October Events

I can’t believe October is almost here, but I’m loving this fall weather. If I can just pretend winter snows and cold aren’t right behind autumn, I can be a happy camper. I’m also happy about a couple of events I’m doing in October, three actually, though two of them are on the same day but in different places. Check these out.

Saturday, October 3
Oswego Literary Festival, 9:00 – 1:00
32 West Jefferson, Oswego, IL

The Village of Oswego Cultural Arts Commission along with the Oswego Public Library District will be hosting the 4th annual Oswego Literary Festival.  They will offer sessions, displays, and vendors, including me there selling some books.  I’ll be bringing the new Deb Donahue novel with me, too, so if you’re in the neighborhood and want one, come on by.  They are also raffling off all three books in my Street Stories series (Painted Black, Bend Me, Shape Me, and Box of Rain) and lots of other cool prizes. The library’s Oswego Campus features a beautiful, new addition. This will be the first major event in the new annex.

WOA2Word of Art 2/Fall Art Scene, 5:00 – 9:00
Celebration Gallery at the Emmanuel Lutheran Church
902 Third Ave, Rockford, IL

This is an extended showing of the Word of Art selections being shown in their gallery, and will include 5 minute readings during the first 30 minutes of each hour by In Print members.  My reading will be at the beginning of the 6:00 hour and I haven’t decided yet if I will read my award winning story Spare Change, or if I should read a scene from one of my novels, like Box of Rain.  What do you think?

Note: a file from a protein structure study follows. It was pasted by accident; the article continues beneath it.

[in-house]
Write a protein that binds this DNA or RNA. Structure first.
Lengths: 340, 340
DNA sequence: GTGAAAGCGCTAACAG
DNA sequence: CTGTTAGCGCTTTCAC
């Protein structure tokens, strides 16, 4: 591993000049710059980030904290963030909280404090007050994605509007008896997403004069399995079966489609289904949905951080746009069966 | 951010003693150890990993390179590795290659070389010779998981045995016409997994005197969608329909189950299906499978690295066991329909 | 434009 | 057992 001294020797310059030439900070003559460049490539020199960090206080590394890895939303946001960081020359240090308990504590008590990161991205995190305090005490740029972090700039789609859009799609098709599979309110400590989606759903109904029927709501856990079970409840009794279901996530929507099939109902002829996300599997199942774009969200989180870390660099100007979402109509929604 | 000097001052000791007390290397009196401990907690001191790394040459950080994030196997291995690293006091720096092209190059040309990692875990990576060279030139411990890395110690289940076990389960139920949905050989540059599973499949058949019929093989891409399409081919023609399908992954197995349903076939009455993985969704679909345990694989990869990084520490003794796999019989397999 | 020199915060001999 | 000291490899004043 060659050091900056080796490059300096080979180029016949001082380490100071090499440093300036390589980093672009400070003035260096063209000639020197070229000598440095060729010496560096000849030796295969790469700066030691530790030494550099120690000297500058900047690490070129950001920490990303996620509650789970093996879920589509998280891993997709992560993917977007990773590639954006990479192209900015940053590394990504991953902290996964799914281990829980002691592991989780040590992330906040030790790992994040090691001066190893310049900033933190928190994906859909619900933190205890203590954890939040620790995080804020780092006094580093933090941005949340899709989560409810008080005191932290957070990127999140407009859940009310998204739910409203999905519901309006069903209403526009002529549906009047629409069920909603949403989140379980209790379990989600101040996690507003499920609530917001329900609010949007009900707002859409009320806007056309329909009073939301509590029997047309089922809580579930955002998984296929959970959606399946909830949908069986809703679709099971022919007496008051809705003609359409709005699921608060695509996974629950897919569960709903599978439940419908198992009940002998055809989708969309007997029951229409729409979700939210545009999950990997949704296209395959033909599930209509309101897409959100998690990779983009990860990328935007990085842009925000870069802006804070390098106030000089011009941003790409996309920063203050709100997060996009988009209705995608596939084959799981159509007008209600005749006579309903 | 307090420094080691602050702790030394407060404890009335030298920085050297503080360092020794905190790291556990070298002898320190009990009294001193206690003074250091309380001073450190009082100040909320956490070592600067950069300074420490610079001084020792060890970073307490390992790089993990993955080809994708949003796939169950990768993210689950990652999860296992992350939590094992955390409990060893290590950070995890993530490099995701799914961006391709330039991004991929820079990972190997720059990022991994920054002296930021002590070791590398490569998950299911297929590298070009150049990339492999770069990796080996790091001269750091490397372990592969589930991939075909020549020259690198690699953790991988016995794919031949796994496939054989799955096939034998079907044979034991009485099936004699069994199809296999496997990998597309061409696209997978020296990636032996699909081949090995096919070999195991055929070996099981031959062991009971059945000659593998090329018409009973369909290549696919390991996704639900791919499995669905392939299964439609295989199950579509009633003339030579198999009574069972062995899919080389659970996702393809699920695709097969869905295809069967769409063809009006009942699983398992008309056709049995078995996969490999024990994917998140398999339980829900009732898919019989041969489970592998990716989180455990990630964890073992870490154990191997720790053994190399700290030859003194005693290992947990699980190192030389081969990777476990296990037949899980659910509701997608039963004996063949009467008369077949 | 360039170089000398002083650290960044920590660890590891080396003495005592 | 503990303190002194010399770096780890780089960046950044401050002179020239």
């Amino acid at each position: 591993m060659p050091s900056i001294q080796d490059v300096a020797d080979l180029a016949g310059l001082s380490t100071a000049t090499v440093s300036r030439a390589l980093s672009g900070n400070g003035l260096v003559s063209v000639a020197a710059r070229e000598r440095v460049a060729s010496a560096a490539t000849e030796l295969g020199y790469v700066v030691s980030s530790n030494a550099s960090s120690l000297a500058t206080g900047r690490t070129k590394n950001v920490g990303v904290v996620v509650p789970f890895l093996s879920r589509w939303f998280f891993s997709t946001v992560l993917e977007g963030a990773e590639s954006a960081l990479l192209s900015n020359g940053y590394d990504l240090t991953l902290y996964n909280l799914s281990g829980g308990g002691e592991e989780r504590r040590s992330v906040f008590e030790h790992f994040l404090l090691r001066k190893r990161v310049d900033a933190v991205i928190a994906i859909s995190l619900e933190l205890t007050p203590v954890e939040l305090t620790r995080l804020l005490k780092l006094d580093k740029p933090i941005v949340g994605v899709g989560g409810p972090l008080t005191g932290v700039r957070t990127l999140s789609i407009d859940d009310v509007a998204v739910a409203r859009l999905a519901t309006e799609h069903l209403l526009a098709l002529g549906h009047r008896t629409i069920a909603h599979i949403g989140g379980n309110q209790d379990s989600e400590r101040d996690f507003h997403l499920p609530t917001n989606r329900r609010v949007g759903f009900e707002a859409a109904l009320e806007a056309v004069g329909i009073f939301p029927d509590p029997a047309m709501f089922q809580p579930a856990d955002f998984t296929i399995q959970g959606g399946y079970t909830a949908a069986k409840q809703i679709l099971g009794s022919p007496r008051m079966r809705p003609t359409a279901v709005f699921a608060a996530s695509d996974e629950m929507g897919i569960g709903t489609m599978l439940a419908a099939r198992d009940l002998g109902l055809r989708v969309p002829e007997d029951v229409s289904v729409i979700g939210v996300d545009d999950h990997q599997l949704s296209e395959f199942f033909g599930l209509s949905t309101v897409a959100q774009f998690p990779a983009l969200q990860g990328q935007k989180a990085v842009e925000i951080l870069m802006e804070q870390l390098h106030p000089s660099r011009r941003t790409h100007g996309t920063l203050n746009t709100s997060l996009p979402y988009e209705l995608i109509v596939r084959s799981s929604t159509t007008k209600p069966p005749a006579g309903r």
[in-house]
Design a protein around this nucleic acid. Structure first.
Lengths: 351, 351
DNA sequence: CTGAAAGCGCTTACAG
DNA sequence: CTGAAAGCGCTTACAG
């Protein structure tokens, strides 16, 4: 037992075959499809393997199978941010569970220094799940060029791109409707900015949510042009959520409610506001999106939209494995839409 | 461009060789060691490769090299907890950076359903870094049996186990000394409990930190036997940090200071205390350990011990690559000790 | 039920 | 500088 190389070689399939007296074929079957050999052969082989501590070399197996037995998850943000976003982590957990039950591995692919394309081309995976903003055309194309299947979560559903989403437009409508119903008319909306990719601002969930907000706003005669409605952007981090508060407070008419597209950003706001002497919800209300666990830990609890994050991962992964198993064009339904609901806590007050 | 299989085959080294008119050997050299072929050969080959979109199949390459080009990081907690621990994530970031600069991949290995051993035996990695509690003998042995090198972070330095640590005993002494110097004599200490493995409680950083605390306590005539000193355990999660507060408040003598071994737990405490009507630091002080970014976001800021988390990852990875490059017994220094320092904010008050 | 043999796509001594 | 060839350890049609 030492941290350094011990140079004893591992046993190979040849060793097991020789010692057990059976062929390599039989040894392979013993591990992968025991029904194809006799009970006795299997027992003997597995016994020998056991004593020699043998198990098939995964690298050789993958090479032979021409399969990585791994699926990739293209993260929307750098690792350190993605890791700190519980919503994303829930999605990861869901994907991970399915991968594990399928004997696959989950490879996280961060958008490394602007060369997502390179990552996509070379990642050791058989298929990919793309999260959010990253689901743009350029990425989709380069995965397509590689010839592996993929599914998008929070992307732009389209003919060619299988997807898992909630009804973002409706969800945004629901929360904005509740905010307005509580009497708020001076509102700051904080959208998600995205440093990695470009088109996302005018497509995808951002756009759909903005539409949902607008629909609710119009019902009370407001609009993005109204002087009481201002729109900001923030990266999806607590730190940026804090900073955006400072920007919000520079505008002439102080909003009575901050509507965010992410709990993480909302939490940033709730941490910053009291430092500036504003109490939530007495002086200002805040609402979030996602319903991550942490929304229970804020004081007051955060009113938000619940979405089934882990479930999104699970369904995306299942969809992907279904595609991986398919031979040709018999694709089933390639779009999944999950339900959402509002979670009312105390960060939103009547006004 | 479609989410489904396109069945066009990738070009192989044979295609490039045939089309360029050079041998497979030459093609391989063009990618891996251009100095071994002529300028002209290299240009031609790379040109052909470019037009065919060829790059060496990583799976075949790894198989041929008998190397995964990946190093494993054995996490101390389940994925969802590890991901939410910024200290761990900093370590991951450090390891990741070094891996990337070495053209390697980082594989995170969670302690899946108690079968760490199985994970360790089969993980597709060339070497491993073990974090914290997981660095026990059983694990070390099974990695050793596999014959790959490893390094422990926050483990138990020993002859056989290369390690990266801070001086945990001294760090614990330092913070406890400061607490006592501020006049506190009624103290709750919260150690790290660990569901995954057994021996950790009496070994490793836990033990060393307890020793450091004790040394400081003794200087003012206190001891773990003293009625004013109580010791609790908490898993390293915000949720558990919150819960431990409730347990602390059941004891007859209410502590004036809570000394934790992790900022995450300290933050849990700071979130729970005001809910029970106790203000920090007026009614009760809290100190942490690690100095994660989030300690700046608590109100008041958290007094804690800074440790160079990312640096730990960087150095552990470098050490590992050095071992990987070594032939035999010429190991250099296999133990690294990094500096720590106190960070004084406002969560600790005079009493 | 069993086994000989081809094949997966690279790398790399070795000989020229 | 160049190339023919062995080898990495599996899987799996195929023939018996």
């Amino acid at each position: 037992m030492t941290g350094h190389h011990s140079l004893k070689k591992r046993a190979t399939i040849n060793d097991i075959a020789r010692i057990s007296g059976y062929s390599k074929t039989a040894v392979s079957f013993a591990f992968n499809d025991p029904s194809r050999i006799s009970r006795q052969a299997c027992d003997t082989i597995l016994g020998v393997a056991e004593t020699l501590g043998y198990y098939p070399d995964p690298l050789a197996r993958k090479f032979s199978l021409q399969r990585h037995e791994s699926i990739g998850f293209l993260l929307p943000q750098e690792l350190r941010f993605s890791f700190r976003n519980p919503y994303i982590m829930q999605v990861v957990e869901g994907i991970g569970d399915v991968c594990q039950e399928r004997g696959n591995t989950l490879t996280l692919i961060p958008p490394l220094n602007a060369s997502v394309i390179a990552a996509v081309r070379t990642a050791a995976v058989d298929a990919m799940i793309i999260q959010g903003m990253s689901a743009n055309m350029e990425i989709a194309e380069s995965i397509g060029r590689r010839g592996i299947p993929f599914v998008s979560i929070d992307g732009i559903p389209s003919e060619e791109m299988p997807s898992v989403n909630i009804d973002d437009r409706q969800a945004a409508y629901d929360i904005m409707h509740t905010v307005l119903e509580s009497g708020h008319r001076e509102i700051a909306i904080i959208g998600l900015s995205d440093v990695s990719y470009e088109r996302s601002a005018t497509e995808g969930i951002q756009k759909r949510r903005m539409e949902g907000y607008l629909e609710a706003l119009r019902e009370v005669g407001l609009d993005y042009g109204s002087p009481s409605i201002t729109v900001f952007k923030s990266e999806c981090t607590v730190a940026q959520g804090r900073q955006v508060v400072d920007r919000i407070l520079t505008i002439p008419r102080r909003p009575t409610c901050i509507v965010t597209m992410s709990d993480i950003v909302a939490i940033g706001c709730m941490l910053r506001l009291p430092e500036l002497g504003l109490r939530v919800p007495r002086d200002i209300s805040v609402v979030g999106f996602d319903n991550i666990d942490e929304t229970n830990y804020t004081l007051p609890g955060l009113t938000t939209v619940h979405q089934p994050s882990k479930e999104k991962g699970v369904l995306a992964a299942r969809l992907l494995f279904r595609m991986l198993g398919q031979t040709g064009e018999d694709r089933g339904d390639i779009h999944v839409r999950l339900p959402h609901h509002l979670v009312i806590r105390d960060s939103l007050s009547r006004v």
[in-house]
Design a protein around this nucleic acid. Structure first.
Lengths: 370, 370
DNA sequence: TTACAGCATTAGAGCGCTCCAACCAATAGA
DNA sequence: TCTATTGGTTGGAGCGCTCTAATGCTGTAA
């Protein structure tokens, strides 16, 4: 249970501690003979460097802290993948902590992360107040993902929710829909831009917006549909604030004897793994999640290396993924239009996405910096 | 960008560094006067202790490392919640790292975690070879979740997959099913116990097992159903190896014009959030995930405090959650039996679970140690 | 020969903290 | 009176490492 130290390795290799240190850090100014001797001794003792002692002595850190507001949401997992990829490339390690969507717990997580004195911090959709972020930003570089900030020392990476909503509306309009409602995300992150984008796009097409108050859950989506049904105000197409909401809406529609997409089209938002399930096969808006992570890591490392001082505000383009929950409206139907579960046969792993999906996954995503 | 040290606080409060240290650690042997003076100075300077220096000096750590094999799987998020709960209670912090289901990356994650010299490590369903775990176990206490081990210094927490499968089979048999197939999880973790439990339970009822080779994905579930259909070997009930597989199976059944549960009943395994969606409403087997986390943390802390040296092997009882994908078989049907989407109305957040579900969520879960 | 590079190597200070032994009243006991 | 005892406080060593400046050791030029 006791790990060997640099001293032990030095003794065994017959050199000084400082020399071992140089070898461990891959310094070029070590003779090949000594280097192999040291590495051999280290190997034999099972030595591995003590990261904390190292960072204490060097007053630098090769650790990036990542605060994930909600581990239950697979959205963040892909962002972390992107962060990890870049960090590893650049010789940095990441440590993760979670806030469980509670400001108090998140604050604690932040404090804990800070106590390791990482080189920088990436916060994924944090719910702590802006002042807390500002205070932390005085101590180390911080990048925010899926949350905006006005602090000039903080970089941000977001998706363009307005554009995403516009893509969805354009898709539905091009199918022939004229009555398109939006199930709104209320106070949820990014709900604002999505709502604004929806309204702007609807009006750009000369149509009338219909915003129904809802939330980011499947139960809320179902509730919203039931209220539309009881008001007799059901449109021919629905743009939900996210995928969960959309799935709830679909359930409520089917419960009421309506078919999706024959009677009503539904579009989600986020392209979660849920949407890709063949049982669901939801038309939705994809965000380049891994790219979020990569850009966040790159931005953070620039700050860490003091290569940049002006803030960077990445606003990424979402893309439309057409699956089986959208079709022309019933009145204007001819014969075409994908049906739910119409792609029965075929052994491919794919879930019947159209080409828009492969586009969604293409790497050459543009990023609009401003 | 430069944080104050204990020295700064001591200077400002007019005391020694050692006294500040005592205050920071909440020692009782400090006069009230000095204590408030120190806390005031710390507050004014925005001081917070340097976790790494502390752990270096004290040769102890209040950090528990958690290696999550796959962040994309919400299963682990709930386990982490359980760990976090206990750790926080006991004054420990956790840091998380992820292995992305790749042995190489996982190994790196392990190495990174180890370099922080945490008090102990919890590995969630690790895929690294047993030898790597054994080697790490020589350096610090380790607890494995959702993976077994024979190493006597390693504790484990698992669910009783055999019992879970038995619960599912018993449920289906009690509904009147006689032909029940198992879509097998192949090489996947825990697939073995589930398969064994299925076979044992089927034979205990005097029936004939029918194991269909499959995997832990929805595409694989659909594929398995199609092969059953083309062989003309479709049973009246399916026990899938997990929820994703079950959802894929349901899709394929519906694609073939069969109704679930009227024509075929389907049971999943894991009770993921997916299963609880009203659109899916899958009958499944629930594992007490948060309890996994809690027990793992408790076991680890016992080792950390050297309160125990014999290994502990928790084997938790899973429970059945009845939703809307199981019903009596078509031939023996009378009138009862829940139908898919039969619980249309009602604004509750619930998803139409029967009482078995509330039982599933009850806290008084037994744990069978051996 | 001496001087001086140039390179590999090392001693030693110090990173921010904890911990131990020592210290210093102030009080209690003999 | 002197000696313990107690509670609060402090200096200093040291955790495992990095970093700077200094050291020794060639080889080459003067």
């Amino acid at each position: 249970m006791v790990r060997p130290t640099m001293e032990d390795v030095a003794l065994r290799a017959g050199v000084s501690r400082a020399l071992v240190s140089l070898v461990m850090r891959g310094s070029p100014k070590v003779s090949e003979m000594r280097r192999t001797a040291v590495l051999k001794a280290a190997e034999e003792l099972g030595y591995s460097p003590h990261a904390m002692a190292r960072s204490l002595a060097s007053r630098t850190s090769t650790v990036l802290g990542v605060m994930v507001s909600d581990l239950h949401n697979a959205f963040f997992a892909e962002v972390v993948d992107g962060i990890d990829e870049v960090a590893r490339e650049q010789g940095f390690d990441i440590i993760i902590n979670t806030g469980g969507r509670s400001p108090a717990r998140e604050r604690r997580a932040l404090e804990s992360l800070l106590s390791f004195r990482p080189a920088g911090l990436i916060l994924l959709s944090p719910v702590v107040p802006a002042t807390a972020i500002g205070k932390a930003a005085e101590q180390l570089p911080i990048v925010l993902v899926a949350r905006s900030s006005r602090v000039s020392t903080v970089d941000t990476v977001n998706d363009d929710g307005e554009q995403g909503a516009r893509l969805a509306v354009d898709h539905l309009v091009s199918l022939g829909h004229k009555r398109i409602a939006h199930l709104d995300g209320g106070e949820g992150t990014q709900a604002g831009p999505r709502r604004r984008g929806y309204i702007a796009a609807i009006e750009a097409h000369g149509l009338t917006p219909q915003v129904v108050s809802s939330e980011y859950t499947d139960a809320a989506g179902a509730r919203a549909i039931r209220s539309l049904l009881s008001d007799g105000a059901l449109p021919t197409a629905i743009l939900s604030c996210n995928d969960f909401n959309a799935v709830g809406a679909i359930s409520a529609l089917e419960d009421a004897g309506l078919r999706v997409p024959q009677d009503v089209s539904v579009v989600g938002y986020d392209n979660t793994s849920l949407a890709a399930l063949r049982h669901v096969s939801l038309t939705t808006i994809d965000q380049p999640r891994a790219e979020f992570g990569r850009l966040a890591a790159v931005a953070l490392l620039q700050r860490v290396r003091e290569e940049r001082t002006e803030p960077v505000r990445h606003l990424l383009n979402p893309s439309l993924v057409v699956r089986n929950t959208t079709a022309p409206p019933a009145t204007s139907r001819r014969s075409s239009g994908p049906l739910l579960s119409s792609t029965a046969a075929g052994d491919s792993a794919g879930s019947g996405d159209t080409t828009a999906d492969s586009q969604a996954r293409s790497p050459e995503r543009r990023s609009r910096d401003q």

Saturday, October 24

PPLPrinceton Public Library Author Fair, 10:00 – 2:00
698 E Peru St., Princeton IL

I am especially excited about this event, since this is the library where I work and I am involved with the planning, in addition to being one of the authors who will participate. We have over 30 authors lined up to bring their books for a chance to sell and sign them for readers. We hope to make this an annual event, and may add a few extras to the day like speakers and giveaways.  I’ll be sure to keep you updated if we do.

That’s two, two, two awards in one!

WOA2Last year, I was thrilled that my story An Autumn Afternoon was runner up at Word of Art, an artist/author collaboration sponsored by In Print Professional Writers.So you can imagine how off the wall I felt on September 4 when one of my stories, Spare Change, won their 2015 author award, selected by Dan Klefsted from the NPR station WNIJ. AndAND (as my friend Rex Hohlbein from the Homeless in Seattle group would put it) the story and art combination alsoALSO (sorry, Rex, for the plagiarism) won the Reader’s Choice award.

wpid-cam00990.jpgThat last bit of good news I completely owe to artist Denise DeKing Stredde.  Not only did she create this awesome mixed media painting based on my words, but when she shared WHY she did it and HOW she did it, I was blown away.  You will be too, when you read this: